Fintech innovations and emerging technologies have swept the world, causing global lawmakers to rush to understand and regulate them.
While some countries like the United States and El Salvador have had a public relationship with adopting new technologies, others have quietly joined the game. Among these is Latvia, a small country located in the Baltics, neighboring Estonia and Lithuania.
EdaFace spoke with Marine Krasovska, the head of financial technology at Latvijas Banka (Bank of Latvia) — Latvia’s central bank — to better understand how regulators in the country are dealing with new technologies like cryptocurrencies and artificial intelligence (AI).
Unlike its neighbor Estonia, which was the first European country to provide clear regulations and guidelines for digital currencies, these assets remain unregulated in the Latvian landscape. The Latvian Personal Income Tax Act defines crypto as a capital asset subject to the general capital gains tax of 20%.
Back in 2020, one of the country’s financial regulators, the Financial and Capital Market Commission (FCMC), warned the public about crypto fraud — particularly given that in Latvia, crypto companies “operate in an infrastructure that is currently characterized by lower regulation than in the financial and capital markets.”
An upcoming hub of innovation
Since early warnings from the FCMC, Latvia has not developed new cryptocurrency regulations. However, Krasovska explained that in the last five years, the central bank, which is the primary regulator in Latvia, has been operating its Innovation Hub.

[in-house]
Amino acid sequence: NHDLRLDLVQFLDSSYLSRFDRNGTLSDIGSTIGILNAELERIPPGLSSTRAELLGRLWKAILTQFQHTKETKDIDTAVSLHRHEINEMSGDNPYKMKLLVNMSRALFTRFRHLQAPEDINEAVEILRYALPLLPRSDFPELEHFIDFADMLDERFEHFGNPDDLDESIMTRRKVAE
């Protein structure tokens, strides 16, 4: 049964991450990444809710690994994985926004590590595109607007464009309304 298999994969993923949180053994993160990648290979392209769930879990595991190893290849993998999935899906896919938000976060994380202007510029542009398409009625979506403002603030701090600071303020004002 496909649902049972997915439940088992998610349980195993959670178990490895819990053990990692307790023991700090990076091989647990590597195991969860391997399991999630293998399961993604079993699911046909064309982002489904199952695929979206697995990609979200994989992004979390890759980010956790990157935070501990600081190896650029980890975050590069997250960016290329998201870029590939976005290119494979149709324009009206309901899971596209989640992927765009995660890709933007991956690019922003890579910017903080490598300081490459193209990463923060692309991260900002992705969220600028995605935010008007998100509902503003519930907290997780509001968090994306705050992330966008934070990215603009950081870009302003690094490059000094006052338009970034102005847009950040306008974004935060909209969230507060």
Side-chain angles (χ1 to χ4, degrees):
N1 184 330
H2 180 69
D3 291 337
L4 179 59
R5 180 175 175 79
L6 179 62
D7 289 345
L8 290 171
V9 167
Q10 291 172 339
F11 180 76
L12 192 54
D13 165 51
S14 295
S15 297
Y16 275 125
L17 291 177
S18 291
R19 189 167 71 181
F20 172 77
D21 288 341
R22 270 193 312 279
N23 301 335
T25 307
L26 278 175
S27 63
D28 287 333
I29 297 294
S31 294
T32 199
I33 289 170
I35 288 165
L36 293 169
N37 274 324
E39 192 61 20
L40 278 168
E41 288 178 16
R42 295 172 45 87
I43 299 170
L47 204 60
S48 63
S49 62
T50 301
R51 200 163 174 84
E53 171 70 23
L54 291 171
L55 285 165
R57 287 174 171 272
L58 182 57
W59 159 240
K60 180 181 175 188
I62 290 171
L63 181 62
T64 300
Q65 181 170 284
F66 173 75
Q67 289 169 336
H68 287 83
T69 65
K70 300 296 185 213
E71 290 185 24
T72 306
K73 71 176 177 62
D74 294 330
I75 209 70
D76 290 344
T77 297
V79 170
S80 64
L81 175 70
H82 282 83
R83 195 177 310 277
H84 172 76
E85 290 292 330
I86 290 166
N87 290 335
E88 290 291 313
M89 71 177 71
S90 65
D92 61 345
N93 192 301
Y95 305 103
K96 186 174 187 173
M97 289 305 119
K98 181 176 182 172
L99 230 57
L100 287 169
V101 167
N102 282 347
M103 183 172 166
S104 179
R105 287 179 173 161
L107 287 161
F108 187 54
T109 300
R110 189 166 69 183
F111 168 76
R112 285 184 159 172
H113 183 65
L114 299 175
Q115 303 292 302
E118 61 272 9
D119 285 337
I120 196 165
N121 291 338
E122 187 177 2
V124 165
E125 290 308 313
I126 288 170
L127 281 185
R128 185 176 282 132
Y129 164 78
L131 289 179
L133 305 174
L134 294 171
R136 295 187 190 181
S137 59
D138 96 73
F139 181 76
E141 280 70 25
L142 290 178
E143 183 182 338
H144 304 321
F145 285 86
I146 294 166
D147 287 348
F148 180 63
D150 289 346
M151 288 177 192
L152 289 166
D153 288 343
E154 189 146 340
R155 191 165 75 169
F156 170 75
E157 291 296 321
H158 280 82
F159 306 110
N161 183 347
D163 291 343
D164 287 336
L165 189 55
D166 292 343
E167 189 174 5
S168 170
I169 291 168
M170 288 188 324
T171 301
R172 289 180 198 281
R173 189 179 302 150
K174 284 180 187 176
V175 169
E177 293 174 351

Krasovska said participation by fintech companies is not mandatory; however, the bank advises it as a “first entry point” to the Latvian market. The central bank offers this service free of charge for international companies and those originating from Latvia.
“When businesses come to the Innovation Hub and begin to describe their business model, sometimes we start to understand what companies actually need and don’t need,” she said.
She added that it’s an opportunity for businesses to talk in person with regulators to understand the business licensing needed and get risks assessed.
“We always suggest for companies to bring a lawyer to disclose interpretation risks. Interpretation of legislation is a very high-level responsibility.”